Rugby Borough Council's story
The project, which must be completed within two years, is being delivered by the council in partnership with energy firm E.ON. The aim is to maximise their tenants’ comfort and reduce energy use, while also making these homes suitable for switching to low-carbon heating in future.
The 112 Wimpey properties have been selected for their current low energy performance, along with their location in some of the more deprived neighbourhoods in the borough. Fuel poverty in Long Lawford is currently 19 per cent, and in Rokeby it is 20 per cent. This compares to a borough-wide average of 14.4 per cent and a national average of 13.2 per cent.”
The houses in the scheme, built in the 1950s, have poor energy performance due to solid-wall construction using 'no-fines' concrete - a type of concrete containing no sand or similar small particles.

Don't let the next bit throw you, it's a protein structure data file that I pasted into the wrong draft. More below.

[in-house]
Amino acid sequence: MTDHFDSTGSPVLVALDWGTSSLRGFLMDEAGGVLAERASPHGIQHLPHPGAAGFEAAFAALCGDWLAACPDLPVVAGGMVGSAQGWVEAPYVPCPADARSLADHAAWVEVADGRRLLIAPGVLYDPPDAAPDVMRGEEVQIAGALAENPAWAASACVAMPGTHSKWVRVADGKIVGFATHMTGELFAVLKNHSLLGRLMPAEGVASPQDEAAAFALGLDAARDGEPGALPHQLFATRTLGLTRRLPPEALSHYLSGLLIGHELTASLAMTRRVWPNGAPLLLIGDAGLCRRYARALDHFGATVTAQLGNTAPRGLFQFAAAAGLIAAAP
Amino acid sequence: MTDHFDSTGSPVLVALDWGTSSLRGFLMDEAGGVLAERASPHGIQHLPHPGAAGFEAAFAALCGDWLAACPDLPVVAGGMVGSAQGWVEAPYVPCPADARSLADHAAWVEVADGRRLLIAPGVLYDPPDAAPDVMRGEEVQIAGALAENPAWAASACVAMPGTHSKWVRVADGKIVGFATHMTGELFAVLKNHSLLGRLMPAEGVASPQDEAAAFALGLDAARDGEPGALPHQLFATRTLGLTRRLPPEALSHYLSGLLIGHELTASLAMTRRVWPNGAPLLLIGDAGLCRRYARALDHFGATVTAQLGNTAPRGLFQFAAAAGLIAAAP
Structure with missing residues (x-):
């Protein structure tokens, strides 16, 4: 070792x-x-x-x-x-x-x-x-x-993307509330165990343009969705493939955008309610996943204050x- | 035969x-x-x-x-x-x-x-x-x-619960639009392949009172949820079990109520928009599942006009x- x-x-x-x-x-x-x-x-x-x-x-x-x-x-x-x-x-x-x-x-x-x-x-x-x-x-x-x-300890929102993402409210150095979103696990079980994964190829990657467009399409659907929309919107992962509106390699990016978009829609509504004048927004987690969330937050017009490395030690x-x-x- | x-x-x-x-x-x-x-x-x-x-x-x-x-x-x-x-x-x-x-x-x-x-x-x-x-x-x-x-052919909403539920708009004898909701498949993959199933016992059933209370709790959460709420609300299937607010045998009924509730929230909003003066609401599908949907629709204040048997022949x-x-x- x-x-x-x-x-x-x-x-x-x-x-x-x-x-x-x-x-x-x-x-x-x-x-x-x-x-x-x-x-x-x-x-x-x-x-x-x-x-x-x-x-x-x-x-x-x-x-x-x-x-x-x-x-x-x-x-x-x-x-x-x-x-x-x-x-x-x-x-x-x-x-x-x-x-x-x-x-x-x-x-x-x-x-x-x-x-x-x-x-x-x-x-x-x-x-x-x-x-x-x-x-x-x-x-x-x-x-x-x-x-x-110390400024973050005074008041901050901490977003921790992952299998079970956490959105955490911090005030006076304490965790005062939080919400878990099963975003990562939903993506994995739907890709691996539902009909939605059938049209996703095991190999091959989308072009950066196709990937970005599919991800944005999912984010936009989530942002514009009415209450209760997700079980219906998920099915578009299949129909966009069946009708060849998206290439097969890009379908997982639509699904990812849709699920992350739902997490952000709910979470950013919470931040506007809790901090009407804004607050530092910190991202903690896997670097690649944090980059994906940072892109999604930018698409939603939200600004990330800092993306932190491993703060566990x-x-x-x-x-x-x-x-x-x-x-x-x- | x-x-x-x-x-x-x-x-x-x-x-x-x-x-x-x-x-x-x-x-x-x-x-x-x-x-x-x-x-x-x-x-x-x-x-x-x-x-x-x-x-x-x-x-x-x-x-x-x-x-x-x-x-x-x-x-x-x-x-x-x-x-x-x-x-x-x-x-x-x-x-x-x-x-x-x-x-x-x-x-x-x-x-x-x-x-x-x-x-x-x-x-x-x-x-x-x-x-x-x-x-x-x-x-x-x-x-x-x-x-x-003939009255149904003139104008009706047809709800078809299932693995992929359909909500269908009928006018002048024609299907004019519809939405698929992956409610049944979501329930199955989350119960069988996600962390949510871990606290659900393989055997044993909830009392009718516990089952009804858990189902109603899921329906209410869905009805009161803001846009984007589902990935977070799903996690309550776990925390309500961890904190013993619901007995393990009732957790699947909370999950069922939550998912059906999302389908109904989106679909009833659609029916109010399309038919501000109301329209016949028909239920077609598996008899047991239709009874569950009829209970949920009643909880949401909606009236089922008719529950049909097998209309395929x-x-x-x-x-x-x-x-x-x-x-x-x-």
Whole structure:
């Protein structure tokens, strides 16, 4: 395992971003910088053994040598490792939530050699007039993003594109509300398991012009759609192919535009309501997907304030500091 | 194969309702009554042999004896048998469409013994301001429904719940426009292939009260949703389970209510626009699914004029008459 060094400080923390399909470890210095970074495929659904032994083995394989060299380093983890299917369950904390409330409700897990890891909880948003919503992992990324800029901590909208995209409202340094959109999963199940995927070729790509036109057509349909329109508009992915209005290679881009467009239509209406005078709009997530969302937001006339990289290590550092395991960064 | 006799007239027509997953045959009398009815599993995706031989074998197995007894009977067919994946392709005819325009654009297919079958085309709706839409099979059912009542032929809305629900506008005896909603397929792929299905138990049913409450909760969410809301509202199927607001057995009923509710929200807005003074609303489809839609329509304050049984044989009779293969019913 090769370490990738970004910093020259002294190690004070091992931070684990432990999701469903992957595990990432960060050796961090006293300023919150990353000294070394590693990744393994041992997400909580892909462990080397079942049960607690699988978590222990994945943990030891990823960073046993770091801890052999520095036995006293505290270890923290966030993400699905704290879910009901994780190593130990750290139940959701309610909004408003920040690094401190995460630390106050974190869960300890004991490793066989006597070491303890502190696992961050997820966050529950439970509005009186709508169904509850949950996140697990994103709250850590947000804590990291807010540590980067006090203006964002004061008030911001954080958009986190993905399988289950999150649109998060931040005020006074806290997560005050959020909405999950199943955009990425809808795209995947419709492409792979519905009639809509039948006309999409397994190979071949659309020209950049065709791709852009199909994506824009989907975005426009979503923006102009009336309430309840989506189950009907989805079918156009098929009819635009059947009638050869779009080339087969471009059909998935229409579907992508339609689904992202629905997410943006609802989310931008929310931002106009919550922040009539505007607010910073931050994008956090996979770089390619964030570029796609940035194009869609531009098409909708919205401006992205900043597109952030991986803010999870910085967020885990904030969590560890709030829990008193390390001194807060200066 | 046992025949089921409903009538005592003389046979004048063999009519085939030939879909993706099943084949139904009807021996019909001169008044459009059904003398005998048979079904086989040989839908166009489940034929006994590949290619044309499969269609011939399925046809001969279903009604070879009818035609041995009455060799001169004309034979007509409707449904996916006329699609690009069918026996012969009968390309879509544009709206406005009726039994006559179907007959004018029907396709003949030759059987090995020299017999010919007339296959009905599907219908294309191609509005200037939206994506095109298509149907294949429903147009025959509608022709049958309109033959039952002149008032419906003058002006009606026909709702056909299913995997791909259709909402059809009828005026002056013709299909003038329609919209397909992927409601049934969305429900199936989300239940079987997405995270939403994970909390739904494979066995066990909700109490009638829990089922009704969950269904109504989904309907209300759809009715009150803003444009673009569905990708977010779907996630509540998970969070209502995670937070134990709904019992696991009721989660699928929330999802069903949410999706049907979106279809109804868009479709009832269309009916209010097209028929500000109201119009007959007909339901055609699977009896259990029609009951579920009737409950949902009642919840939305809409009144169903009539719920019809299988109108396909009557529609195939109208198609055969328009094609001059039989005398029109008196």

Cllr Tim Willis, Rugby Borough Council portfolio holder for communities, homes, digital and communications, said the Government grant supported the council's rolling programme of improvements to its housing stock: "Making homes cheaper to heat and more energy efficient saves our tenants money on their energy bills, while supporting the climate change goals set out in our Corporate Strategy, which include an ambition to reduce the carbon footprint of our housing stock by 2027."
Useful learnings from Rugby Borough Council
In order to meet its reduced carbon targets as quickly as possible, the Council has carried out an assessment of all of its properties, and prioritised those which will bring the most benefit to tenants experiencing fuel poverty, while also delivering the greatest carbon reduction.
Rugby Borough Council's metrics
Proportion of council tenants living in affordable and environmentally sustainable homes.